Nebulised interferon-β1a (SNG001) in hospitalised COVID-19: SPRINTER phase III study

ERJ Open Res. 2023 Mar 27;9(2):00605-2022. doi: 10.1183/23120541.00605-2022. eCollection 2023 Mar.


Background: Despite the availability of vaccines and therapies, patients are being hospitalised with coronavirus disease 2019 (COVID-19). Interferon (IFN)-β is a naturally occurring protein that stimulates host immune responses against most viruses, including severe acute respiratory syndrome coronavirus 2. SNG001 is a recombinant IFN-β1a formulation delivered to the lungs via nebuliser. SPRINTER assessed the efficacy and safety of SNG001 in adults hospitalised due to COVID-19 who required oxygen via nasal prongs or mask.

Methods: Patients were randomised double-blind to SNG001 (n=309) or placebo (n=314) once daily for 14 days plus standard of care (SoC). The primary objective was to evaluate recovery after administration of SNG001 versus placebo, in terms of times to hospital discharge and recovery to no limitation of activity. Key secondary end-points were progression to severe disease or death, progression to intubation or death and death.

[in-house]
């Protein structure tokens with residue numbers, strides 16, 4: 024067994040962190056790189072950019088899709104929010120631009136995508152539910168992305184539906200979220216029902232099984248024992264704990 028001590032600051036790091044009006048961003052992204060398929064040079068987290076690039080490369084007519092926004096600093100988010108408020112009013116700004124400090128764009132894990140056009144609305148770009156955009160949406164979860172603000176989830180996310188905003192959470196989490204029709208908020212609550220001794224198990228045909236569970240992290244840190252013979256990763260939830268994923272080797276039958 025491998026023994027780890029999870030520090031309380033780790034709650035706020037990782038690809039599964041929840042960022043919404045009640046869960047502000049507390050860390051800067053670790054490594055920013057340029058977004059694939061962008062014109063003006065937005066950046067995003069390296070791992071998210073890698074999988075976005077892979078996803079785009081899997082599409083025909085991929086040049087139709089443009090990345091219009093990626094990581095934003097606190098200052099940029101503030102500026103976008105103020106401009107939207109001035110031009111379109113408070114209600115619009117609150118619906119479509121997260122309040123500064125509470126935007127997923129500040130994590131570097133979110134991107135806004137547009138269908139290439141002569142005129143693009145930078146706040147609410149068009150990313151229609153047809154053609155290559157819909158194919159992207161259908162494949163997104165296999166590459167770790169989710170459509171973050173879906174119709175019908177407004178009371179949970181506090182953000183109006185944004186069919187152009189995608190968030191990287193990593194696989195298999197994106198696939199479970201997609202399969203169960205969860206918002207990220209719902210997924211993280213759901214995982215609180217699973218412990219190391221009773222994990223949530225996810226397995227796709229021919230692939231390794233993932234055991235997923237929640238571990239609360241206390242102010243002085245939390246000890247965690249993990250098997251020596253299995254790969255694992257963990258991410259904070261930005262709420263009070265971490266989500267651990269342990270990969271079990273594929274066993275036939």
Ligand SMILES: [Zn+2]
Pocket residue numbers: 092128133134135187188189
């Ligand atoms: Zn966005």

Results: Median time to hospital discharge was 7.0 and 8.0 days with SNG001 and placebo, respectively (hazard ratio (HR) 1.06 (95% CI 0.89-1.27); p=0.51); time to recovery was 25.0 days in both groups (HR 1.02 (95% CI 0.81-1.28); p=0.89). There were no significant SNG001-placebo differences for the key secondary end-points, with a 25.7% relative risk reduction in progression to severe disease or death (10.7% and 14.4%, respectively; OR 0.71 (95% CI 0.44-1.15); p=0.161). Serious adverse events were reported by 12.6% and 18.2% patients with SNG001 and placebo, respectively.

Conclusions: Although the primary objective of the study was not met, SNG001 had a favourable safety profile, and the key secondary end-points analysis suggested that SNG001 may have prevented progression to severe disease.